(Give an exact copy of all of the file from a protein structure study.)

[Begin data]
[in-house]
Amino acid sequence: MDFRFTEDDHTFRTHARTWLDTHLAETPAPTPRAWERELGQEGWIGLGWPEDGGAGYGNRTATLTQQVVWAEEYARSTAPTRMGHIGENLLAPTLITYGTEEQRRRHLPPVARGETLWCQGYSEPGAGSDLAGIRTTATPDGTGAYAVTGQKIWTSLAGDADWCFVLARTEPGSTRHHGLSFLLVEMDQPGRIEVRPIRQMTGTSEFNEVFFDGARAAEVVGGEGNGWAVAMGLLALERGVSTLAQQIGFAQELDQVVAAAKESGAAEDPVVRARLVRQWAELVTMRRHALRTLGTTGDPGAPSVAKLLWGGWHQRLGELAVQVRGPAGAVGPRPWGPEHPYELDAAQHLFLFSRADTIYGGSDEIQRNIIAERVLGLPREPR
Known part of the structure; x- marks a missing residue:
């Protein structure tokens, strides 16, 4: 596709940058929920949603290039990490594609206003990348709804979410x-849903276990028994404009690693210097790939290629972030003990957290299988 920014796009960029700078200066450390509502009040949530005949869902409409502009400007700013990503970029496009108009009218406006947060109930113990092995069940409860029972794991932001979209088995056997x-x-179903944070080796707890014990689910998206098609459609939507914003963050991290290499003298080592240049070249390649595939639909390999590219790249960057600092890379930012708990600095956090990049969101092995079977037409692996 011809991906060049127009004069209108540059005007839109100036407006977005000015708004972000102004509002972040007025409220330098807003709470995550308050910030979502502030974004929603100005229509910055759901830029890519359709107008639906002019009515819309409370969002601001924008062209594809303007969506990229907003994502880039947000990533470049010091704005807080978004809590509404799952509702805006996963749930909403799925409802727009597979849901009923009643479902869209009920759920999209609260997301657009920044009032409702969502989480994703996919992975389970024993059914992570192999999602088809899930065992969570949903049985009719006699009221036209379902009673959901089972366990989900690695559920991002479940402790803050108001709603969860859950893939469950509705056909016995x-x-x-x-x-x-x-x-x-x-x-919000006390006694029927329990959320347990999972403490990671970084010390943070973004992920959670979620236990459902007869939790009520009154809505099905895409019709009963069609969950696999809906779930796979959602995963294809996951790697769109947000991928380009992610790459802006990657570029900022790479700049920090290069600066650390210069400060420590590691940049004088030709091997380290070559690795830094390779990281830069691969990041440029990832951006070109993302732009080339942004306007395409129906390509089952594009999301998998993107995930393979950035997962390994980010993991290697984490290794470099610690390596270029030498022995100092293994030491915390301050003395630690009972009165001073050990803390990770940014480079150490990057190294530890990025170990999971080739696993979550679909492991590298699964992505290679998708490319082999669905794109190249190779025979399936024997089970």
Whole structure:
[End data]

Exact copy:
[in-house]
Amino acid sequence: MDFRFTEDDHTFRTHARTWLDTHLAETPAPTPRAWERELGQEGWIGLGWPEDGGAGYGNRTATLTQQVVWAEEYARSTAPTRMGHIGENLLAPTLITYGTEEQRRRHLPPVARGETLWCQGYSEPGAGSDLAGIRTTATPDGTGAYAVTGQKIWTSLAGDADWCFVLARTEPGSTRHHGLSFLLVEMDQPGRIEVRPIRQMTGTSEFNEVFFDGARAAEVVGGEGNGWAVAMGLLALERGVSTLAQQIGFAQELDQVVAAAKESGAAEDPVVRARLVRQWAELVTMRRHALRTLGTTGDPGAPSVAKLLWGGWHQRLGELAVQVRGPAGAVGPRPWGPEHPYELDAAQHLFLFSRADTIYGGSDEIQRNIIAERVLGLPREPR
Known part of the structure; x- marks a missing residue:
């Protein structure tokens, strides 16, 4: 596709940058929920949603290039990490594609206003990348709804979410x-849903276990028994404009690693210097790939290629972030003990957290299988 920014796009960029700078200066450390509502009040949530005949869902409409502009400007700013990503970029496009108009009218406006947060109930113990092995069940409860029972794991932001979209088995056997x-x-179903944070080796707890014990689910998206098609459609939507914003963050991290290499003298080592240049070249390649595939639909390999590219790249960057600092890379930012708990600095956090990049969101092995079977037409692996 011809991906060049127009004069209108540059005007839109100036407006977005000015708004972000102004509002972040007025409220330098807003709470995550308050910030979502502030974004929603100005229509910055759901830029890519359709107008639906002019009515819309409370969002601001924008062209594809303007969506990229907003994502880039947000990533470049010091704005807080978004809590509404799952509702805006996963749930909403799925409802727009597979849901009923009643479902869209009920759920999209609260997301657009920044009032409702969502989480994703996919992975389970024993059914992570192999999602088809899930065992969570949903049985009719006699009221036209379902009673959901089972366990989900690695559920991002479940402790803050108001709603969860859950893939469950509705056909016995x-x-x-x-x-x-x-x-x-x-x-919000006390006694029927329990959320347990999972403490990671970084010390943070973004992920959670979620236990459902007869939790009520009154809505099905895409019709009963069609969950696999809906779930796979959602995963294809996951790697769109947000991928380009992610790459802006990657570029900022790479700049920090290069600066650390210069400060420590590691940049004088030709091997380290070559690795830094390779990281830069691969990041440029990832951006070109993302732009080339942004306007395409129906390509089952594009999301998998993107995930393979950035997962390994980010993991290697984490290794470099610690390596270029030498022995100092293994030491915390301050003395630690009972009165001073050990803390990770940014480079150490990057190294530890990025170990999971080739696993979550679909492991590298699964992505290679998708490319082999669905794109190249190779025979399936024997089970």
Whole structure: